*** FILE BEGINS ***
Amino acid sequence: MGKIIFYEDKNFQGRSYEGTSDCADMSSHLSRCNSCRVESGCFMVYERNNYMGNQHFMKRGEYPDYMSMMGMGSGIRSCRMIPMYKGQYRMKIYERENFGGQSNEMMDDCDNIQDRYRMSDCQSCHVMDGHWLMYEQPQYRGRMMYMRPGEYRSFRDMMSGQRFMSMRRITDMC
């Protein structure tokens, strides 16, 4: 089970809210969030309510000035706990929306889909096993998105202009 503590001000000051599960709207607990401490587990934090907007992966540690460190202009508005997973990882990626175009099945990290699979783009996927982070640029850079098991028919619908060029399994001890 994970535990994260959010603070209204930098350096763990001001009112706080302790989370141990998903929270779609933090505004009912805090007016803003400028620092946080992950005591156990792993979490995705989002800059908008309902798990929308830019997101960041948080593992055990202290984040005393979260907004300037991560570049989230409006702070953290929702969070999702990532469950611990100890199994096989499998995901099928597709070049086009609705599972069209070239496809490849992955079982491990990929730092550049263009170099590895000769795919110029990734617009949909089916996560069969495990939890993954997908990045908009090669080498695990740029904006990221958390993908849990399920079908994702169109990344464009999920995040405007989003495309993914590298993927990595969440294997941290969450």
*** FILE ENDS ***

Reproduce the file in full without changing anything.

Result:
Amino acid sequence: MGKIIFYEDKNFQGRSYEGTSDCADMSSHLSRCNSCRVESGCFMVYERNNYMGNQHFMKRGEYPDYMSMMGMGSGIRSCRMIPMYKGQYRMKIYERENFGGQSNEMMDDCDNIQDRYRMSDCQSCHVMDGHWLMYEQPQYRGRMMYMRPGEYRSFRDMMSGQRFMSMRRITDMC
């Protein structure tokens, strides 16, 4: 089970809210969030309510000035706990929306889909096993998105202009 503590001000000051599960709207607990401490587990934090907007992966540690460190202009508005997973990882990626175009099945990290699979783009996927982070640029850079098991028919619908060029399994001890 994970535990994260959010603070209204930098350096763990001001009112706080302790989370141990998903929270779609933090505004009912805090007016803003400028620092946080992950005591156990792993979490995705989002800059908008309902798990929308830019997101960041948080593992055990202290984040005393979260907004300037991560570049989230409006702070953290929702969070999702990532469950611990100890199994096989499998995901099928597709070049086009609705599972069209070239496809490849992955079982491990990929730092550049263009170099590895000769795919110029990734617009949909089916996560069969495990939890993954997908990045908009090669080498695990740029904006990221958390993908849990399920079908994702169109990344464009999920995040405007989003495309993914590298993927990595969440294997941290969450």